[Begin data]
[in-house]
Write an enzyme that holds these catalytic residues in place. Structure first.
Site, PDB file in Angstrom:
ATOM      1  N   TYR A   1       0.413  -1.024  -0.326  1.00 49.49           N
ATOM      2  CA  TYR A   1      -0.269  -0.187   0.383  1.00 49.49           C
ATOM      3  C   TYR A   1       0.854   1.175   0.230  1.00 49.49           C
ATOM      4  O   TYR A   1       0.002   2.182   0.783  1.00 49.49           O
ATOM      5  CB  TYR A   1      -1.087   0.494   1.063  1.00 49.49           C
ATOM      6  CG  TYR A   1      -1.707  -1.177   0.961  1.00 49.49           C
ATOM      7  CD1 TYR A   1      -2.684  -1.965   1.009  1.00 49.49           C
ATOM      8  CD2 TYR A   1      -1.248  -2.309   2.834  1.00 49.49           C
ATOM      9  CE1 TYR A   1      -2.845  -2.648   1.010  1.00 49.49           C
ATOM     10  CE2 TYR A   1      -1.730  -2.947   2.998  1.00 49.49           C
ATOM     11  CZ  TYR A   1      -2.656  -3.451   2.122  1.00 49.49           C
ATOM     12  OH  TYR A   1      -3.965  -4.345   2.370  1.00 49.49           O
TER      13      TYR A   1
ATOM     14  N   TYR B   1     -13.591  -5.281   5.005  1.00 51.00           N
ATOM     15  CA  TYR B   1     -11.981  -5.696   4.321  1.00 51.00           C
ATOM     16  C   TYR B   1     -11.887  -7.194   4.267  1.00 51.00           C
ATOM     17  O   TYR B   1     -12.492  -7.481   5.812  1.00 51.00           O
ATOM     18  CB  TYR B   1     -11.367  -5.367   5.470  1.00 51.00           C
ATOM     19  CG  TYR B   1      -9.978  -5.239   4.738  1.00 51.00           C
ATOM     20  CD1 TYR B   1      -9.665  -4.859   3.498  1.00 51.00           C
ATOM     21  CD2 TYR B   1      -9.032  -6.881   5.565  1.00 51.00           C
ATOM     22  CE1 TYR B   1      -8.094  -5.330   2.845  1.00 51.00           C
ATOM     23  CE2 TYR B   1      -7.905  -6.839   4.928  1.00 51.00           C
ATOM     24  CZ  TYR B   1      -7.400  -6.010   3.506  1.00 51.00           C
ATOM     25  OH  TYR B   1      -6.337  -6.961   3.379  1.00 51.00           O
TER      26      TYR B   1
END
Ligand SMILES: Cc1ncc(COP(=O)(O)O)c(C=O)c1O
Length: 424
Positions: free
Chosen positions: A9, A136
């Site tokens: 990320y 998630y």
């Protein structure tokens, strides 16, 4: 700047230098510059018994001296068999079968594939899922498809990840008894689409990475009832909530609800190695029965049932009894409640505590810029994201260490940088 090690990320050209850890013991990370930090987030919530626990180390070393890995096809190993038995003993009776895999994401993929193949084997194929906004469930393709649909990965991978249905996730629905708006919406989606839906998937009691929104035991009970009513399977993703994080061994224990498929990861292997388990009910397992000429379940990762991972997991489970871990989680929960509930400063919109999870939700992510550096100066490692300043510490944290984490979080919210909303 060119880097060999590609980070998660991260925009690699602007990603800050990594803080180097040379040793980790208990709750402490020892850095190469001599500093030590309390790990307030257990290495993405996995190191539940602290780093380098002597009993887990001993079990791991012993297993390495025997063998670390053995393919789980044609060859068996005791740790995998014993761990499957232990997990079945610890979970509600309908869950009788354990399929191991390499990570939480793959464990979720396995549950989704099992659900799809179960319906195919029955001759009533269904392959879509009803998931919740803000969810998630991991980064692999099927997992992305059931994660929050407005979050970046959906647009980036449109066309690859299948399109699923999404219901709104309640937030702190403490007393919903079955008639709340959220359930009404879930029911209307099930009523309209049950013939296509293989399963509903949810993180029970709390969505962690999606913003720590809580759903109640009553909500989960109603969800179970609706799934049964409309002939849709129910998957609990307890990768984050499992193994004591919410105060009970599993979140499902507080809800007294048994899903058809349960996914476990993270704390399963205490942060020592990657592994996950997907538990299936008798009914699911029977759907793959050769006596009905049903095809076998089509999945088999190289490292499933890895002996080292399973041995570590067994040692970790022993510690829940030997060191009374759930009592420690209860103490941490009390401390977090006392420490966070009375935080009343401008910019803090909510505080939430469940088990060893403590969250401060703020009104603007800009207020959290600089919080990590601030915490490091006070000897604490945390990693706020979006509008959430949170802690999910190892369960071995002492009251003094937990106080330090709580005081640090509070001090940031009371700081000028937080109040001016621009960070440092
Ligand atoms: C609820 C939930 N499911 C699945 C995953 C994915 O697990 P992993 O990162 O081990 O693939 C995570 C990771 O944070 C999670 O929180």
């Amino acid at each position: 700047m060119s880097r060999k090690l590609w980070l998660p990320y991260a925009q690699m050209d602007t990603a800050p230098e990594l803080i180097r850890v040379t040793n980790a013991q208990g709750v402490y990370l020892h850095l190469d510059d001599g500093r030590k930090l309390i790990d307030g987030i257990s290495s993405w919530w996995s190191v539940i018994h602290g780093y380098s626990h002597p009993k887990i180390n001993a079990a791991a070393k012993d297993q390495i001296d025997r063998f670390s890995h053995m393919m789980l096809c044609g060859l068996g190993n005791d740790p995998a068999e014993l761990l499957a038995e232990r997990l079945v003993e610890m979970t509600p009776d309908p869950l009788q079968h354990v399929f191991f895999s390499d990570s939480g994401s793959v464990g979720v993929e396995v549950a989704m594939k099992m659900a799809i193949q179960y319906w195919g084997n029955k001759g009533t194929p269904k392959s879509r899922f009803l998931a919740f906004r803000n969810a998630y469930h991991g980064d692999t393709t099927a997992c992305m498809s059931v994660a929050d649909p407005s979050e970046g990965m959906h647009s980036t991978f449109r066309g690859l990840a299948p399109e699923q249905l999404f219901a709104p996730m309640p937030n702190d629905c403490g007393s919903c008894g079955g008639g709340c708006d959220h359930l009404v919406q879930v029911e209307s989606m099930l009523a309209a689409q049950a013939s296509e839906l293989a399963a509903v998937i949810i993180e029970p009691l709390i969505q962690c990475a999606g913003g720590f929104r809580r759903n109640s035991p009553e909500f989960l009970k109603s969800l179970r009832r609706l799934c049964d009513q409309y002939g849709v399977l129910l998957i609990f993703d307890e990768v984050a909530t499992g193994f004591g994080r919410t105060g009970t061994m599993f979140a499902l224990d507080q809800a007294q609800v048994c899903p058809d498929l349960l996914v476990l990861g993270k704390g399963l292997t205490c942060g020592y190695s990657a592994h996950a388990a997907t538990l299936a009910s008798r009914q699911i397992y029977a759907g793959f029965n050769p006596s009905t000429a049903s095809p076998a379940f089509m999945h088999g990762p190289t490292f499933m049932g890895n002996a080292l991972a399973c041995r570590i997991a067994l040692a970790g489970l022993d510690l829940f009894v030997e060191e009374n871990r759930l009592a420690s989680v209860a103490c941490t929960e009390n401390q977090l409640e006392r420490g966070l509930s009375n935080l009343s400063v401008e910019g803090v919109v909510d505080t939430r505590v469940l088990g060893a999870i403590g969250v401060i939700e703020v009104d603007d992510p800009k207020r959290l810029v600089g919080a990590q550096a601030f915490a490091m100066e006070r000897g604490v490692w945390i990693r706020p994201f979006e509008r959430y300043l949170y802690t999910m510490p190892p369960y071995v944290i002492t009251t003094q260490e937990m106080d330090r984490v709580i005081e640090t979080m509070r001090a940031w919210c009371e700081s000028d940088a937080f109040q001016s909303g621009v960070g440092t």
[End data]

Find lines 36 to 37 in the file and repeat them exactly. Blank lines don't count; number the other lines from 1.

């Protein structure tokens, strides 16, 4: 700047230098510059018994001296068999079968594939899922498809990840008894689409990475009832909530609800190695029965049932009894409640505590810029994201260490940088 090690990320050209850890013991990370930090987030919530626990180390070393890995096809190993038995003993009776895999994401993929193949084997194929906004469930393709649909990965991978249905996730629905708006919406989606839906998937009691929104035991009970009513399977993703994080061994224990498929990861292997388990009910397992000429379940990762991972997991489970871990989680929960509930400063919109999870939700992510550096100066490692300043510490944290984490979080919210909303 060119880097060999590609980070998660991260925009690699602007990603800050990594803080180097040379040793980790208990709750402490020892850095190469001599500093030590309390790990307030257990290495993405996995190191539940602290780093380098002597009993887990001993079990791991012993297993390495025997063998670390053995393919789980044609060859068996005791740790995998014993761990499957232990997990079945610890979970509600309908869950009788354990399929191991390499990570939480793959464990979720396995549950989704099992659900799809179960319906195919029955001759009533269904392959879509009803998931919740803000969810998630991991980064692999099927997992992305059931994660929050407005979050970046959906647009980036449109066309690859299948399109699923999404219901709104309640937030702190403490007393919903079955008639709340959220359930009404879930029911209307099930009523309209049950013939296509293989399963509903949810993180029970709390969505962690999606913003720590809580759903109640009553909500989960109603969800179970609706799934049964409309002939849709129910998957609990307890990768984050499992193994004591919410105060009970599993979140499902507080809800007294048994899903058809349960996914476990993270704390399963205490942060020592990657592994996950997907538990299936008798009914699911029977759907793959050769006596009905049903095809076998089509999945088999190289490292499933890895002996080292399973041995570590067994040692970790022993510690829940030997060191009374759930009592420690209860103490941490009390401390977090006392420490966070009375935080009343401008910019803090909510505080939430469940088990060893403590969250401060703020009104603007800009207020959290600089919080990590601030915490490091006070000897604490945390990693706020979006509008959430949170802690999910190892369960071995002492009251003094937990106080330090709580005081640090509070001090940031009371700081000028937080109040001016621009960070440092
Ligand atoms: C609820 C939930 N499911 C699945 C995953 C994915 O697990 P992993 O990162 O081990 O693939 C995570 C990771 O944070 C999670 O929180």